Team dRiFFt attended the highly-anticipated Simulation Theory tour at the American Airlines stadium in Dallas, where Muse's spectacular production took over on Sunday evening. Muse released their eighth studio album Simulation Theory late in 2018, following with an international stadium tour. The Simulation Theory album takes a decidedly softer slant this time around; with a notable tribute to science fiction, subtle underpinnings of a political slant and a decidedly Tron-esque aesthetic. It features album art designed by Stranger Things artist Kyle Lambert and forms the ambitious underpinnings of an even bigger live show. You'd be hard pressed to find someone who isn't familiar with Muse; the iconic rock trio features the inescapable brilliance of Matt Bellamy's vocals, Chris' powerful guitar riffs, and Dominic, untamed on drums. We know them for 'big' melancholic, symphonic tunes, sold-out international tours and festival headlining notoriety. They are simply incredible live
Our expectations were suitably high stepping on to the floor of the stadium last weekend. We are treated to an upbeat opening set by pop-rock royalty, Walk The Moon, before the big production. ‘YOU ARE LIVING IN A SIMULATION’ displays above the stage. A marching band of robots files out to start the show with the “Pressure”. The whole show was an attempt to sway the audience to the idea of pseudo-reality; so gentle and slow. By the time the old arcade game 'Simulation Theory' popped up mid-stage while the audience’s attention was elsewhere, you thought it might be just a little true.
"In the intro to “Psycho” I just started started shouting ‘Aye, Sir!’ in unison with the crowd, on cue with the intro being shouted at us by the massive cyborg on the big screen. It was a complete reflex. I’m sure there were a ton of people in the crowd that were stoked and made a conscious effort, but I didn’t even realize I’d done it until the words had left my mouth. I have to think that I wasn’t the only one that’s been completely brainwashed by Drones at this point."
During "Take a Bow," we're treated to another dramatic moment. Matt Bellamy, bathed in a spotlight that could have come from a UFO above, light beam surrounded by lasers like he was trapped in a cage. He raises a crystal skull in a reflective glove, through the laser beams to refract and scatter light all over the gargantuan stadium space. Stunning. He sang to the skull like he was trapped in sorrow. Later, a troupe of lumbering zombie dancers weave their way out to Matt as he's poised on a pedestal, bathed in light and surrounded by swirling, neon green fog. They circle, threateningly, as he rips trippy, quirky riffs on a jet-black-matte guitar, zombies falling and disappearing as his guitar solo crescendos.
"When Chris stepped to the center stage I could tell what was about to happen, even before he broke into the riff of the song “Hysteria”. I’d never heard that song live before and it probably wasn’t the best idea, but I yanked out my earplugs instinctively. I wanted to feel that song in my chest, I wanted those notes to leave off their instruments and wander their way magically into my ears like something out an acid trip montage in some bad 80’s movie"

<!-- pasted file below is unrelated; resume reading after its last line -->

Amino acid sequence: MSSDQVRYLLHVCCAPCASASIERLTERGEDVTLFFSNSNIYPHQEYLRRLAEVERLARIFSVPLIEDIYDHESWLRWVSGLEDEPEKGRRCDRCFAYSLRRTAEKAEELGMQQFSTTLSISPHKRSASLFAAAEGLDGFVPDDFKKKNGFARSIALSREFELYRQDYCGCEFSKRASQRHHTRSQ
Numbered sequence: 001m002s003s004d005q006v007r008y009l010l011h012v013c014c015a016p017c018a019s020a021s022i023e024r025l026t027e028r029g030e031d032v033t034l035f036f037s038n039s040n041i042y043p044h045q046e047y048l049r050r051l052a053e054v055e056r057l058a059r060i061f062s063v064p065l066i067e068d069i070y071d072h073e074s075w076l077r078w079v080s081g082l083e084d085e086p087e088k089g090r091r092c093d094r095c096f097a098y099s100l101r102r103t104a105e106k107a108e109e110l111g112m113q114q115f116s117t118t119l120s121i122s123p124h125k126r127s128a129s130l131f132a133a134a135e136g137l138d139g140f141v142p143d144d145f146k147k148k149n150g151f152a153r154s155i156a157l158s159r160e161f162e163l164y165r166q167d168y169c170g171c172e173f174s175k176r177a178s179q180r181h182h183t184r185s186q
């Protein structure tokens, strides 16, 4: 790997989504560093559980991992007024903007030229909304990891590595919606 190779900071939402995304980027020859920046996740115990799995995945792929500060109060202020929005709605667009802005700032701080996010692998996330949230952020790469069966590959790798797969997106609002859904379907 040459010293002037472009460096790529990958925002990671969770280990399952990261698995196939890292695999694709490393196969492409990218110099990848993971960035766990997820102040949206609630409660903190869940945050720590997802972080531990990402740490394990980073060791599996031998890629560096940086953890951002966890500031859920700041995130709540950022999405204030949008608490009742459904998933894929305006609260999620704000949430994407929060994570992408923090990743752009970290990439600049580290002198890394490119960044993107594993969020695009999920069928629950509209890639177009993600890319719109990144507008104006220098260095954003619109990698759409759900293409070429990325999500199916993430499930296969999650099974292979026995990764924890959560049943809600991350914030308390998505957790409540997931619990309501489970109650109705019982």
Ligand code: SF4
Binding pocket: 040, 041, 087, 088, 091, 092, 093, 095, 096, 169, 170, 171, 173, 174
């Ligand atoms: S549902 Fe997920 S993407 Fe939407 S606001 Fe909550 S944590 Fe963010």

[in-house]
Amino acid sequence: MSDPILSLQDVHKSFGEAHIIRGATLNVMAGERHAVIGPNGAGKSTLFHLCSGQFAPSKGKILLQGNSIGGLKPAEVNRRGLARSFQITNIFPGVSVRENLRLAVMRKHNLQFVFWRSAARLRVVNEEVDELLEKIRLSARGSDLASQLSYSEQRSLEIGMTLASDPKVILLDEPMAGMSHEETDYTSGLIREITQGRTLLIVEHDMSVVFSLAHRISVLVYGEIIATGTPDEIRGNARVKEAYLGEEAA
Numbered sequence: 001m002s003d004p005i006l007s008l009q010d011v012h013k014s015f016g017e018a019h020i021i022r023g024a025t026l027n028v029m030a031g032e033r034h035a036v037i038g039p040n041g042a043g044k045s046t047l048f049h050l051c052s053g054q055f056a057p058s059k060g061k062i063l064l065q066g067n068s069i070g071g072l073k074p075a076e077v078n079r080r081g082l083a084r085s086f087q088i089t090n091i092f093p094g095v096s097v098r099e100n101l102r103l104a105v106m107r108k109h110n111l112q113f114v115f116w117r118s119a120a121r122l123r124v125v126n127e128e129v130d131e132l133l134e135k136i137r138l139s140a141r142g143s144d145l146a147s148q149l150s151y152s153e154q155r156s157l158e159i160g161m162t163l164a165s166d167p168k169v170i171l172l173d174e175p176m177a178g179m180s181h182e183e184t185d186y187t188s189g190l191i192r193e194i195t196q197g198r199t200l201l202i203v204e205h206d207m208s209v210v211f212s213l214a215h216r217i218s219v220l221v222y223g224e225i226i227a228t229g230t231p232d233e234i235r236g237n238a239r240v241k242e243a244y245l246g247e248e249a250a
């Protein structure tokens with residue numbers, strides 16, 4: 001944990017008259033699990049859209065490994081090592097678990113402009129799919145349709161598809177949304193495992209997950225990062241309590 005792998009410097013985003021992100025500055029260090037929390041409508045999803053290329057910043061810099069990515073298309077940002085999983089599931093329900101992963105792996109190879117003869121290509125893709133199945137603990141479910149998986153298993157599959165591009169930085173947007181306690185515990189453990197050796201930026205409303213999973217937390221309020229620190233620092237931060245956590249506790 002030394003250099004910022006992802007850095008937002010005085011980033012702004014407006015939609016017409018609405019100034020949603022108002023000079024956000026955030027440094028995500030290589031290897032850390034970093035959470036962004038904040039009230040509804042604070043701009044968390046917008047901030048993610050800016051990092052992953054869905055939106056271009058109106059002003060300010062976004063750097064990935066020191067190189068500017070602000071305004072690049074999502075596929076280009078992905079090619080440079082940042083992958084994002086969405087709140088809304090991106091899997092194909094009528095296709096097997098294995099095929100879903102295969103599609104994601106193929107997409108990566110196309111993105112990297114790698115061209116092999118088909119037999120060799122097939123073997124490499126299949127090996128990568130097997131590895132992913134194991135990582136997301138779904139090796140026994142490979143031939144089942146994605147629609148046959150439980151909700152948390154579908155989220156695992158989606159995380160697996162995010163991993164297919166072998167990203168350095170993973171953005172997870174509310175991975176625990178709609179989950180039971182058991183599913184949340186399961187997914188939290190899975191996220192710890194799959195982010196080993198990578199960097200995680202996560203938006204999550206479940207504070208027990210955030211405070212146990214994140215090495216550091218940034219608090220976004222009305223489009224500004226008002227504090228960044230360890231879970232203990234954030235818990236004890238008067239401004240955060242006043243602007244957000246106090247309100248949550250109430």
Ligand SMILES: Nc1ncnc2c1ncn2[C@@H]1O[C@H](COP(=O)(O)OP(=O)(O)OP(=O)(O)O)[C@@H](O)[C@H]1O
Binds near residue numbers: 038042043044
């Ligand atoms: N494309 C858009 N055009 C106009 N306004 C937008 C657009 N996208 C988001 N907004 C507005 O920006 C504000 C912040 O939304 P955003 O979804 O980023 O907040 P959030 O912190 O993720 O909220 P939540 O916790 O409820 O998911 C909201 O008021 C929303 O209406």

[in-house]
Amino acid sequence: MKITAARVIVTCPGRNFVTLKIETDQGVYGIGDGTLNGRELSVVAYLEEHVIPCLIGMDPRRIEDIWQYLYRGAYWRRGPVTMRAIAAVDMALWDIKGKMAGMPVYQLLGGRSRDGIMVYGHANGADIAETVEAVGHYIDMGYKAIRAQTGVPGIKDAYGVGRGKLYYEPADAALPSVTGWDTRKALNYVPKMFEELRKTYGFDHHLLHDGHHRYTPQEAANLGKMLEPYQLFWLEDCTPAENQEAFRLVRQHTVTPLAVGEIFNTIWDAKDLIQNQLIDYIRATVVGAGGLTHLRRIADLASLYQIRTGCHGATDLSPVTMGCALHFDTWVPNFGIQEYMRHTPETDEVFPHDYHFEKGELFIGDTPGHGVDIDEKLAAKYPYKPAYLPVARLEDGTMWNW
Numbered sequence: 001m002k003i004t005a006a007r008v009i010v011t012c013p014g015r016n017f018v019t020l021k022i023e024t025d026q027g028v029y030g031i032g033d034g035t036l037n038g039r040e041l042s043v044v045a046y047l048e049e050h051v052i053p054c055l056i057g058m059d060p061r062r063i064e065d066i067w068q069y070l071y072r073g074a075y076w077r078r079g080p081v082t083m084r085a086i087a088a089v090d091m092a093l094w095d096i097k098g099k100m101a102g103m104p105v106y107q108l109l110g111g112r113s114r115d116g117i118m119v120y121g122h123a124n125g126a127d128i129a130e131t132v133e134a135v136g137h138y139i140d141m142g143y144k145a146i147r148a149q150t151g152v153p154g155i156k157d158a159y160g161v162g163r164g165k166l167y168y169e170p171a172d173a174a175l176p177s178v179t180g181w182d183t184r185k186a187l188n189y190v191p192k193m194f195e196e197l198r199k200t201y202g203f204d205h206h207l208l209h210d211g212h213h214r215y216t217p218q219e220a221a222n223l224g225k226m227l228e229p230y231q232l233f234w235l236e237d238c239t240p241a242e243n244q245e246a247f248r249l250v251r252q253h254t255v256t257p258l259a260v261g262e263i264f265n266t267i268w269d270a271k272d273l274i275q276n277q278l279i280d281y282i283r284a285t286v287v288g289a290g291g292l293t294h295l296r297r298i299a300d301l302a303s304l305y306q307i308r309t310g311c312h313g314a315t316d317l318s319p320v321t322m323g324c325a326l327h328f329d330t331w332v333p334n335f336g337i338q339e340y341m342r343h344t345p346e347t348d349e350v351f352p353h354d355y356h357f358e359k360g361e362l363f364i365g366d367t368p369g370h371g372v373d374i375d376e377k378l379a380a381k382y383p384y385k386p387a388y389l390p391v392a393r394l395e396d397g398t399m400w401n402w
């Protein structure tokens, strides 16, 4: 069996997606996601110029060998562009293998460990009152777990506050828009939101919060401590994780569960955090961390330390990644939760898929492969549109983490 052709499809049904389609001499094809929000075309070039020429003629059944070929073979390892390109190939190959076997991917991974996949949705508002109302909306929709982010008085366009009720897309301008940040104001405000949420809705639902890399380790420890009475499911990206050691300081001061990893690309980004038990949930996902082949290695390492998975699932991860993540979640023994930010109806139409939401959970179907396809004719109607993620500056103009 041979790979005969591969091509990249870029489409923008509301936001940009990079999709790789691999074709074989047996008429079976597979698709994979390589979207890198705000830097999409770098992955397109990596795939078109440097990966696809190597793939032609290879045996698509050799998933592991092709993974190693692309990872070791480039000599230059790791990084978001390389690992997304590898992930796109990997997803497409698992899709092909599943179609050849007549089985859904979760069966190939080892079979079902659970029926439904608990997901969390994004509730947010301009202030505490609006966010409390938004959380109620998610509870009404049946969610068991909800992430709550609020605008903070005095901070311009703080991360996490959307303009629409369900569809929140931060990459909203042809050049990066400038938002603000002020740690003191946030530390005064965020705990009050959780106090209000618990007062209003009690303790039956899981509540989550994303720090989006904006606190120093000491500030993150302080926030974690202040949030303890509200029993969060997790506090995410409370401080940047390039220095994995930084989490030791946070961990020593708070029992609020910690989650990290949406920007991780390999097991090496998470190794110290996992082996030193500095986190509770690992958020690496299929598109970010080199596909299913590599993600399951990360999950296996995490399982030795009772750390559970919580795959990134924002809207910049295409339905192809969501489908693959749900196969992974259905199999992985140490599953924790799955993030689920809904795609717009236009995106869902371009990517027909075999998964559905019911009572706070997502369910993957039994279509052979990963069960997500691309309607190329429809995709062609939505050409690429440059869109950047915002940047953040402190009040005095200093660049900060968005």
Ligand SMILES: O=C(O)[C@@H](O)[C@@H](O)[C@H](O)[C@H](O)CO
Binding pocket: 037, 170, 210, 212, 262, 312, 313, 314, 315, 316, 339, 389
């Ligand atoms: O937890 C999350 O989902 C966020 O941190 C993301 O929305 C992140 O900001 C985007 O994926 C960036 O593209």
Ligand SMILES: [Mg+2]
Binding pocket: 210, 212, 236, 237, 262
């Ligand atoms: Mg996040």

In the latter half of the show, an immeasurably large alien zombie robot makes an appearance. Hovering up and over the stage from behind, this massive animatronic beast subsequently attacks Matt Bellamy, who fights off the indomitable beast with big powerful guitar riffs. He doesn’t slay the monster, but held it at bay for the next few songs until it subtly retreats, without notice, during the performance of “Dig Down” on the thrust stage.
Each song became a production of it's own, a little mini drama playing out on stage. Muse has always been a blend of big, creative and romantic. It naturally translates well to the drama of a big stadium or festival stage. The music alone, so epic. The experience - even bigger. Standing in the pit surrounded by hundreds of others, the music becomes communal. It's almost too easy to just give in and dance your face off. Everyone needs to experience this at least once in their lives.
Muse took us on a journey through space and time, and light and sound so incredibly immersive. When Matt Bellamy finished the final set by pulling the plug out of the arcade game, simultaneously killing the lights in the entire stadium, I was certain the stage would be clear when the lights returned - devoid of any signs that the last 2-1/2 hours had taken place. But the lights came back on, the trio standing and waving while the crowd cheered their hearts out. This was something very special - something we'll likely never see again. Unless we manage to scoop an additional set of tickets while the tour lasts. You can see their tour schedule here. And trust us, this one is a show well worth seeing.
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